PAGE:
Saturday, June 16, 2007

Understanding Italy – Nobility, wines, food and jeans

Italy has some basic rules. Just about everyone is of noble blood or knows someone of royalty. Some areas make fantastic, complex, refined wines while others, just a few miles away traditionally produce young simple table wines. Only in the last twenty years have some producers of heirloom wines, dating back to the Roman Empire, began creating some marvelous complex wines. Just when you think you know Italian cooking you take a ½ train ride and potatoes become rice and then rice becomes pasta. Local stores no longer carry twenty types of Taleggio instead they have twenty types of fresh fish. In the home of fashion, seventy percent of Italians say that a gentleman does not wear jeans.

Italy is complex. The Italy that you know is not the Italy I know. Our families may come from the same region. We may have lived just miles apart but your traditions will not be the same as mine. This is confusing for many foreigners. They think that the only difference between Milan and Rome is the architecture. Nothing could be farther from the truth.

Italy is a rather recent invention. This is not to say that the Italians have not been around for a long time just that the current Italian state is just over 100 years old. Giuseppe Garibaldi and the thousand red shirts united Italy under the reign of the King of Sardinia. Strangely enough the kingdom is Sardinia included the Island of Sardinia but was based in Piedmont.

Looking back to the XII century we see the political structure of the Italian peninsula through the XIX century. These kingdoms were not friends. They were constantly at war with each other or allied with some other European royal family. This translates to foods, wines and fashion varying significantly from region to region. Piedmont cuisine and wines are very similar to French. Lombardia traditional recipes are rich in cheeses, rice and polenta. Southern Italians do marvelous things with fish and vegetables. Friuli food is has influences of German and Austrian nobility and Emilia Romagna does marvelous things with pasta.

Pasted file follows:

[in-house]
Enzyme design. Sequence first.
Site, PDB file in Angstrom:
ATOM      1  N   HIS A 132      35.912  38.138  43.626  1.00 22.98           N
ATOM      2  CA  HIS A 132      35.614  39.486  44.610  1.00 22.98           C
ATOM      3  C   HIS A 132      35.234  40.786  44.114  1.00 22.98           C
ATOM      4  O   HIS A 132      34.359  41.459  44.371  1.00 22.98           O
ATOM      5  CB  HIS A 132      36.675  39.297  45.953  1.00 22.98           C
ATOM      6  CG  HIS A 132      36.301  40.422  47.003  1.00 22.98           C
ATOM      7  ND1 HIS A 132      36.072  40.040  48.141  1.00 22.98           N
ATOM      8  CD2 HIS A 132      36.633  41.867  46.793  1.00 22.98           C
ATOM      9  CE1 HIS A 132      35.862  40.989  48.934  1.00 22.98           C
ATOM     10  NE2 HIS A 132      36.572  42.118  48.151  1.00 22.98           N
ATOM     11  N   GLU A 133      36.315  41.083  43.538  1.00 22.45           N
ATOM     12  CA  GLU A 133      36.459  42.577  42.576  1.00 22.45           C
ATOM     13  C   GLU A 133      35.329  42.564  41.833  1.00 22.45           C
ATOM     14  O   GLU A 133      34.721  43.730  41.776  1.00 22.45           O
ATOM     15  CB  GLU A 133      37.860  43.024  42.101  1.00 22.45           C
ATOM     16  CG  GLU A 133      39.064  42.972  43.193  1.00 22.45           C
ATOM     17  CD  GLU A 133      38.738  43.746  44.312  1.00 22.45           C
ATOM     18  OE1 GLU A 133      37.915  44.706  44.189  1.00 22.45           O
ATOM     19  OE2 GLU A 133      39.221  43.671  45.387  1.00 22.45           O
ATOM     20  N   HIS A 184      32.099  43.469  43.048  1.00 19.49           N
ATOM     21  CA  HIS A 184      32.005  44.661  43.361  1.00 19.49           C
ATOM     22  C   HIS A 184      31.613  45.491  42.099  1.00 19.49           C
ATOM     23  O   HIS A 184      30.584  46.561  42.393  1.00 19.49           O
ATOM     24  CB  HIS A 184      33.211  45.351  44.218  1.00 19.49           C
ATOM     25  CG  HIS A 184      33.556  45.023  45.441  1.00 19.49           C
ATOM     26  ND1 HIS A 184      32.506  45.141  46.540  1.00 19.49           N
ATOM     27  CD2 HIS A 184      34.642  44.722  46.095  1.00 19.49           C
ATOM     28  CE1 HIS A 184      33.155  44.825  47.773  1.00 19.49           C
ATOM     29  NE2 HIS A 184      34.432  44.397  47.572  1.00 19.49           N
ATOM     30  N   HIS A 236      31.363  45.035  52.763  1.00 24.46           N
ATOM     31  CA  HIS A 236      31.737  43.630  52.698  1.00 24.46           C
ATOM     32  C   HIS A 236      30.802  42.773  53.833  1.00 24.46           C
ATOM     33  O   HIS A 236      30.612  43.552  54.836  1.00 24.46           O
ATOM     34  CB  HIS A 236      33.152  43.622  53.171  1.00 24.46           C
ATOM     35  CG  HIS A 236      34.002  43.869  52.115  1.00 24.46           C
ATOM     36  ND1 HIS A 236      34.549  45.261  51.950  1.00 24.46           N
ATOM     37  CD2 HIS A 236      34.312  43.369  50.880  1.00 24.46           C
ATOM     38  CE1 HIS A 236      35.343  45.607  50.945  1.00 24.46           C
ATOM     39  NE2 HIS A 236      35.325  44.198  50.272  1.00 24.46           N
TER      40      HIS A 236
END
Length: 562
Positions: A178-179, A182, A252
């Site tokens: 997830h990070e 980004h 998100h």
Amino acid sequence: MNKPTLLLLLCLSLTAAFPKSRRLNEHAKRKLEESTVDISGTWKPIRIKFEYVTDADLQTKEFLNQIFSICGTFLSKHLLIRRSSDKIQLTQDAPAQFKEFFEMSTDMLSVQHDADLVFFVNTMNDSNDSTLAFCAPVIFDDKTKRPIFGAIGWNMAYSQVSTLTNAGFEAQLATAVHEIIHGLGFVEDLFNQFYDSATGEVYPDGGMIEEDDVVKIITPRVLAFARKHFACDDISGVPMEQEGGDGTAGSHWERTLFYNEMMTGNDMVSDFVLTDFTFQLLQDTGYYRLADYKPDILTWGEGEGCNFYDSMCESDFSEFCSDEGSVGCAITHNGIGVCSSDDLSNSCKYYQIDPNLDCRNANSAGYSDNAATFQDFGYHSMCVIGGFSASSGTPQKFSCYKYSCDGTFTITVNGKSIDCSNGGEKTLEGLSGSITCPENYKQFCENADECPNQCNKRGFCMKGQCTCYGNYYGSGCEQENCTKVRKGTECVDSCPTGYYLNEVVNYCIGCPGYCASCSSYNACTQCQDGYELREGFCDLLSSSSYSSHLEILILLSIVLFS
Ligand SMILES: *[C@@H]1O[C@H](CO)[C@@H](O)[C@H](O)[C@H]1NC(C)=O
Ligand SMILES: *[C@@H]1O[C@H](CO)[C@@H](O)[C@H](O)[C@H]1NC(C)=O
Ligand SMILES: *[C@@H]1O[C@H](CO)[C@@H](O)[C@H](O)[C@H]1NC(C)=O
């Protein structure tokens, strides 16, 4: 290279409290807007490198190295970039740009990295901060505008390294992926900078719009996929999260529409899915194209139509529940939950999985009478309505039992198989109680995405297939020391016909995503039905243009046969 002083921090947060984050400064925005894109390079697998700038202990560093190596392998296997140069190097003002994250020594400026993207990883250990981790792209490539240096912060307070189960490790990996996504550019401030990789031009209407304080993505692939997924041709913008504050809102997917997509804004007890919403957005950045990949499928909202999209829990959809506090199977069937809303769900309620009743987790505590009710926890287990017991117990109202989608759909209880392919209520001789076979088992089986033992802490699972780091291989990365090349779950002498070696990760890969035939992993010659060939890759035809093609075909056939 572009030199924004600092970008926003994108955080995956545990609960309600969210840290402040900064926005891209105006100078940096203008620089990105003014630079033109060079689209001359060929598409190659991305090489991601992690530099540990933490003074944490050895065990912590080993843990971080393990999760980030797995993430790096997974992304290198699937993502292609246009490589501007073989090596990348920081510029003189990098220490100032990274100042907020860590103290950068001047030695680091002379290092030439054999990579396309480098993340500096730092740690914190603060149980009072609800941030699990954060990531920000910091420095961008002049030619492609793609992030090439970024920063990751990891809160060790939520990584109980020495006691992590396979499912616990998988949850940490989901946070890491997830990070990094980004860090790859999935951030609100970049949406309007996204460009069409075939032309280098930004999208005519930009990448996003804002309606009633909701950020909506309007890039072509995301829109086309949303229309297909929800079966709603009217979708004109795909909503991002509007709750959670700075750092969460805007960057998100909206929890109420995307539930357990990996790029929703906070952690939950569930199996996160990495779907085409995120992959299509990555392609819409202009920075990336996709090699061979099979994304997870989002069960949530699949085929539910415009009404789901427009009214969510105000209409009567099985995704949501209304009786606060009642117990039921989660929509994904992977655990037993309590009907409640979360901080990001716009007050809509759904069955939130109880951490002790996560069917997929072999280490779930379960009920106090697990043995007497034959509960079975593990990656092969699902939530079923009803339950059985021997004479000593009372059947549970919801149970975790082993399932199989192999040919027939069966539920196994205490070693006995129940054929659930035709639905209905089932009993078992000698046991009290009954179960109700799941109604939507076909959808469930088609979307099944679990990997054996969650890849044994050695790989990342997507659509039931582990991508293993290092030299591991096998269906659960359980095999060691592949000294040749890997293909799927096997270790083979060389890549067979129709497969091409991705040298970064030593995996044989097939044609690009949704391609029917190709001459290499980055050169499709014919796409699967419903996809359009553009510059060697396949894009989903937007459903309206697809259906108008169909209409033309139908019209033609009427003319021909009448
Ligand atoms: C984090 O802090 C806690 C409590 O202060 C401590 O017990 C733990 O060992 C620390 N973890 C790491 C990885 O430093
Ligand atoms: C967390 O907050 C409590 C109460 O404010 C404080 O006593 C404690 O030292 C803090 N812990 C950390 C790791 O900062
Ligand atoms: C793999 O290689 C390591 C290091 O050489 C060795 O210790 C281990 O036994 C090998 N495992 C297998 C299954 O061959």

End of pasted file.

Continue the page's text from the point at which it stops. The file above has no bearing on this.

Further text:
So why is all this important for your vacation planning. Each region you visit is a different culture. It will be impossible to appreciate the area just passing through for a day or two. It is important to spend time, shop at the local markets, eat at the trattoria and drink some local wine. This will take some time but the experience is well worth the extra attention.


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Blogger Italian Wine Guy® said...

So, what about the jeans?

4:17 AM

Blogger RennyBA said...

This was a very interesting and formative post David. You know I have been both in Rome and Milan, and felt it was kind of different, but never know the history and why.

Btw: For once I have a food and vine post from Oslo. You know I love yours and now you are invited to sit in with me for a change :-)

1:11 PM

Blogger Travel Italy said...

IWG Exactly, gentlemen do not wear jeans (according to 70% of Italians).

Renny loved the slow food post!

7:47 AM

Blogger Italian Wine Guy® said...

odd that, whenever i turn around in Italy i see all m anner of men wearing jeans. I stopped taking jeans to Italy.

70%...i dont think so

nice post- grotz

8:30 AM

Blogger Travel Italy said...

IWG I guess the people you see do not consider themselves gentlemen (signori).

Since I do not do opinion poles and this one happens to be from ansa I think it is probably pretty close to accurate. I do understand that our personal experience skews our perception and perception is reality...

8:48 AM

Blogger Italian Wine Guy® said...

just ask Alice

3:39 PM

Blogger Corby Di Praglia said...

Considering the fact that Emanuele Filiberto Di Savoi publicly wears jeans, I hardly think the "gentleman" comment applies.
However, that said, I would say that One rarely sees men over the age of 40 in jeans. The chino pant (especially those of Massimo Dutti)is the casual pant of choice.

7:22 AM


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